On this date6, General Asboth’s cavalry entered the blackened remains of Fayetteville. They were first greeted by Rebel skirmishers who held the town, but were not too eager to keep it. The Union cavalry charged through the streets, as the Rebels scurried south for safer ground. A detachment pursued the Rebels, each side taking shots at the other, sometimes with bloody results. Union pickets patrolled the fords across the White River, seven miles south of town.

Asboth was convinced that, if reinforced with a couple infantry regiments, he could hold the town, imploring Curtis to allow him to do so. As for the printing office, it was destroyed, but they found a portable printing press that would do just as well.7

After things settled down a bit, Asboth met with Judge Jonas Tebbetts, a strident Union man. After a parlay, Tebbetts invited the General to dinner. Asboth graciously accepted the offer, only on the condition that York be allowed to dine with them at the table and share his food. York was not a teamster or body servant, but an incredibly huge St. Bernard who traveled with the cavalry.

The residents of Fayetteville were largely Unionist, and welcomed the Federal soldiers. Mrs. Tebbetts, though herself a Unionist, seemed less than amused by the commanding officer. Before they departed, several days later, General Asboth finished off her last jar of jelly without so much as offering anyone else a taste, except, perhaps, York.8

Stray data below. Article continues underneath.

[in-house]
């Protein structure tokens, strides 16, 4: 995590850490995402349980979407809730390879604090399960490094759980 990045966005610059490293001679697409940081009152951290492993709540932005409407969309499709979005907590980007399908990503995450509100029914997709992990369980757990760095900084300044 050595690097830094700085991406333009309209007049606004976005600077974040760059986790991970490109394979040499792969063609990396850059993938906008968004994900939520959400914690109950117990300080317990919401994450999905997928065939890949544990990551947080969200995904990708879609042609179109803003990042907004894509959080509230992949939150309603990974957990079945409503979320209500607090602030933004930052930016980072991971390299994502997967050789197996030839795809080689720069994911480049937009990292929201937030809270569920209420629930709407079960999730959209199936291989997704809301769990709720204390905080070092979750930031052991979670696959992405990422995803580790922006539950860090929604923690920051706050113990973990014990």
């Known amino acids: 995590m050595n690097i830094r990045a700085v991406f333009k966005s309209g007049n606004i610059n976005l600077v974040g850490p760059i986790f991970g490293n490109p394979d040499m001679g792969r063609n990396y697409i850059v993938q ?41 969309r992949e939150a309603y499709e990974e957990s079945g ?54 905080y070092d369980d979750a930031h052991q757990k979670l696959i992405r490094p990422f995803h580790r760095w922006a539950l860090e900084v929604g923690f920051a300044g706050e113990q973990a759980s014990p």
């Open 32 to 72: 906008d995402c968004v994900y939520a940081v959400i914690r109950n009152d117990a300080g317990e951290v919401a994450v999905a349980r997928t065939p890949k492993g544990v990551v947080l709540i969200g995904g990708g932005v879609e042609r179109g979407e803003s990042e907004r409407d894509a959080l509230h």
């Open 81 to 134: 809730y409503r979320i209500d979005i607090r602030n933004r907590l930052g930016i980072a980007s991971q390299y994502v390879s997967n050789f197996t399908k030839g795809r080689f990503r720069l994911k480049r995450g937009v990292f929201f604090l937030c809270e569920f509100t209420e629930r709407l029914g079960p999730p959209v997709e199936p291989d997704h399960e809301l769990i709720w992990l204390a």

1. Pea Ridge by William L. Shea & Earl J. Hess. []
  2. Borderland Rebellion by Elmo Ingenthron. []
  3. Pea Ridge and Prairie Grove: or, Scenes and Incidents of the War in Arkansas by William Baxter, Poe & Hitchcock, 1864. Mr. Baxter was living in Fayetteville when it was torched. []
  4. Pea Ridge by William L. Shea & Earl J. Hess. []
  5. Official Records, Series 1, Vol. 8, p562-563. []
  6. Yes, I was playing a sneaky little game of “let’s catch you up on stuff happening near Pea Ridge.” []
  7. Official Records, Series 1, Vol. 8, p69-70. []
  8. Pea Ridge by William L. Shea & Earl J. Hess. []
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The Departing, Burning and Rescue of Fayetteville, Arkansas by CW DG is licensed under a Creative Commons Attribution-NonCommercial-NoDerivs 4.0 International